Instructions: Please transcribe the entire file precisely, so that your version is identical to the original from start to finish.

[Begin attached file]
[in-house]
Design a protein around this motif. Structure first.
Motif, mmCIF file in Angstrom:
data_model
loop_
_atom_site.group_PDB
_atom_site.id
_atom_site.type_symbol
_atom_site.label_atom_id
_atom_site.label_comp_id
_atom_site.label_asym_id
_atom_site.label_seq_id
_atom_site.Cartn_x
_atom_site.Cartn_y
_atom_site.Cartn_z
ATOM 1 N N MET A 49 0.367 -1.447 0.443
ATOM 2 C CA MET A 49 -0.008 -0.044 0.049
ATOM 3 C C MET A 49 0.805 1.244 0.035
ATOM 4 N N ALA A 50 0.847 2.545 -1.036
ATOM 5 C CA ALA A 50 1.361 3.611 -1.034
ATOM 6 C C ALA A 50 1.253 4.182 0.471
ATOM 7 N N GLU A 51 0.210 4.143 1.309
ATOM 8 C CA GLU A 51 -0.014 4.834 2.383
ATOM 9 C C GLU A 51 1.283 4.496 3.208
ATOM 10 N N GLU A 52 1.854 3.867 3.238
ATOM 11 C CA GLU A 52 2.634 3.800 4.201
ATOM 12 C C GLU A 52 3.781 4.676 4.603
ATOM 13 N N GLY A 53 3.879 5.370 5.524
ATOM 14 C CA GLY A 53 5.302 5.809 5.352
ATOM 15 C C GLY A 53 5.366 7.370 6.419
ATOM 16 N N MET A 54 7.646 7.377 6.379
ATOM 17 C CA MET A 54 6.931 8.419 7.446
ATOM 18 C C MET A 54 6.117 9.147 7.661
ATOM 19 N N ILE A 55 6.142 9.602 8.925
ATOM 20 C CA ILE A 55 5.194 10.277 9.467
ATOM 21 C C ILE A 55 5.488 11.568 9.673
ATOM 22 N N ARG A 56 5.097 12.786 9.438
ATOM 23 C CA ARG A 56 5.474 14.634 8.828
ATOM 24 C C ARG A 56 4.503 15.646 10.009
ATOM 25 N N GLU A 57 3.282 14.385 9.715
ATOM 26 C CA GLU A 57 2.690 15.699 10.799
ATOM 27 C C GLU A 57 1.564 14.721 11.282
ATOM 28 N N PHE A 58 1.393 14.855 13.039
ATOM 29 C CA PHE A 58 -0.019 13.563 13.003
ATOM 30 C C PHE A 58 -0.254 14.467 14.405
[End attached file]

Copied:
[in-house]
Design a protein around this motif. Structure first.
Motif, mmCIF file in Angstrom:
data_model
loop_
_atom_site.group_PDB
_atom_site.id
_atom_site.type_symbol
_atom_site.label_atom_id
_atom_site.label_comp_id
_atom_site.label_asym_id
_atom_site.label_seq_id
_atom_site.Cartn_x
_atom_site.Cartn_y
_atom_site.Cartn_z
ATOM 1 N N MET A 49 0.367 -1.447 0.443
ATOM 2 C CA MET A 49 -0.008 -0.044 0.049
ATOM 3 C C MET A 49 0.805 1.244 0.035
ATOM 4 N N ALA A 50 0.847 2.545 -1.036
ATOM 5 C CA ALA A 50 1.361 3.611 -1.034
ATOM 6 C C ALA A 50 1.253 4.182 0.471
ATOM 7 N N GLU A 51 0.210 4.143 1.309
ATOM 8 C CA GLU A 51 -0.014 4.834 2.383
ATOM 9 C C GLU A 51 1.283 4.496 3.208
ATOM 10 N N GLU A 52 1.854 3.867 3.238
ATOM 11 C CA GLU A 52 2.634 3.800 4.201
ATOM 12 C C GLU A 52 3.781 4.676 4.603
ATOM 13 N N GLY A 53 3.879 5.370 5.524
ATOM 14 C CA GLY A 53 5.302 5.809 5.352
ATOM 15 C C GLY A 53 5.366 7.370 6.419
ATOM 16 N N MET A 54 7.646 7.377 6.379
ATOM 17 C CA MET A 54 6.931 8.419 7.446
ATOM 18 C C MET A 54 6.117 9.147 7.661
ATOM 19 N N ILE A 55 6.142 9.602 8.925
ATOM 20 C CA ILE A 55 5.194 10.277 9.467
ATOM 21 C C ILE A 55 5.488 11.568 9.673
ATOM 22 N N ARG A 56 5.097 12.786 9.438
ATOM 23 C CA ARG A 56 5.474 14.634 8.828
ATOM 24 C C ARG A 56 4.503 15.646 10.009
ATOM 25 N N GLU A 57 3.282 14.385 9.715
ATOM 26 C CA GLU A 57 2.690 15.699 10.799
ATOM 27 C C GLU A 57 1.564 14.721 11.282
ATOM 28 N N PHE A 58 1.393 14.855 13.039
ATOM 29 C CA PHE A 58 -0.019 13.563 13.003
ATOM 30 C C PHE A 58 -0.254 14.467 14.405